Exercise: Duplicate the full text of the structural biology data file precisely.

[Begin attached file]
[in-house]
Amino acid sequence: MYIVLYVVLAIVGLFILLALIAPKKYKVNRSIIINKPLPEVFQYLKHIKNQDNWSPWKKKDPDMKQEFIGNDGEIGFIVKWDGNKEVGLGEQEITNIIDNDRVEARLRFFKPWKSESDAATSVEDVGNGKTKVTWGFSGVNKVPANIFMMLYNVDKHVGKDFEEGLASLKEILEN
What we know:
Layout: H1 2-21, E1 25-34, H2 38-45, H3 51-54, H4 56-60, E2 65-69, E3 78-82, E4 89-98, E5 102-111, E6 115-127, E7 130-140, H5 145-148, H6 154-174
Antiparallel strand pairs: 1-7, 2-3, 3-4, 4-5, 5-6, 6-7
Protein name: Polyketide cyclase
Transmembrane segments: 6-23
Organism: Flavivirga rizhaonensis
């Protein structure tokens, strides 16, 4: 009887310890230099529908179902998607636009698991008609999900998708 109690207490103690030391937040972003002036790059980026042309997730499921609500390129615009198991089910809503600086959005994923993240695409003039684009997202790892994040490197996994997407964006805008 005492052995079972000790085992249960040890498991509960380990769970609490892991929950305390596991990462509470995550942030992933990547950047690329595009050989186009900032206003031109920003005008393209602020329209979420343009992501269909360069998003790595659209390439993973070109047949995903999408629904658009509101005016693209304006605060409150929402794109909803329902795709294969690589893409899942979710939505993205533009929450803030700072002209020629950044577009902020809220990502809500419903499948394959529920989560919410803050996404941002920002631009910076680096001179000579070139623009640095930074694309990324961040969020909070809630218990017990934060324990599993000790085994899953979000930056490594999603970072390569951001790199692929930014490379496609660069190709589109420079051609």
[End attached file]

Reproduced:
[in-house]
Amino acid sequence: MYIVLYVVLAIVGLFILLALIAPKKYKVNRSIIINKPLPEVFQYLKHIKNQDNWSPWKKKDPDMKQEFIGNDGEIGFIVKWDGNKEVGLGEQEITNIIDNDRVEARLRFFKPWKSESDAATSVEDVGNGKTKVTWGFSGVNKVPANIFMMLYNVDKHVGKDFEEGLASLKEILEN
What we know:
Layout: H1 2-21, E1 25-34, H2 38-45, H3 51-54, H4 56-60, E2 65-69, E3 78-82, E4 89-98, E5 102-111, E6 115-127, E7 130-140, H5 145-148, H6 154-174
Antiparallel strand pairs: 1-7, 2-3, 3-4, 4-5, 5-6, 6-7
Protein name: Polyketide cyclase
Transmembrane segments: 6-23
Organism: Flavivirga rizhaonensis
């Protein structure tokens, strides 16, 4: 009887310890230099529908179902998607636009698991008609999900998708 109690207490103690030391937040972003002036790059980026042309997730499921609500390129615009198991089910809503600086959005994923993240695409003039684009997202790892994040490197996994997407964006805008 005492052995079972000790085992249960040890498991509960380990769970609490892991929950305390596991990462509470995550942030992933990547950047690329595009050989186009900032206003031109920003005008393209602020329209979420343009992501269909360069998003790595659209390439993973070109047949995903999408629904658009509101005016693209304006605060409150929402794109909803329902795709294969690589893409899942979710939505993205533009929450803030700072002209020629950044577009902020809220990502809500419903499948394959529920989560919410803050996404941002920002631009910076680096001179000579070139623009640095930074694309990324961040969020909070809630218990017990934060324990599993000790085994899953979000930056490594999603970072390569951001790199692929930014490379496609660069190709589109420079051609």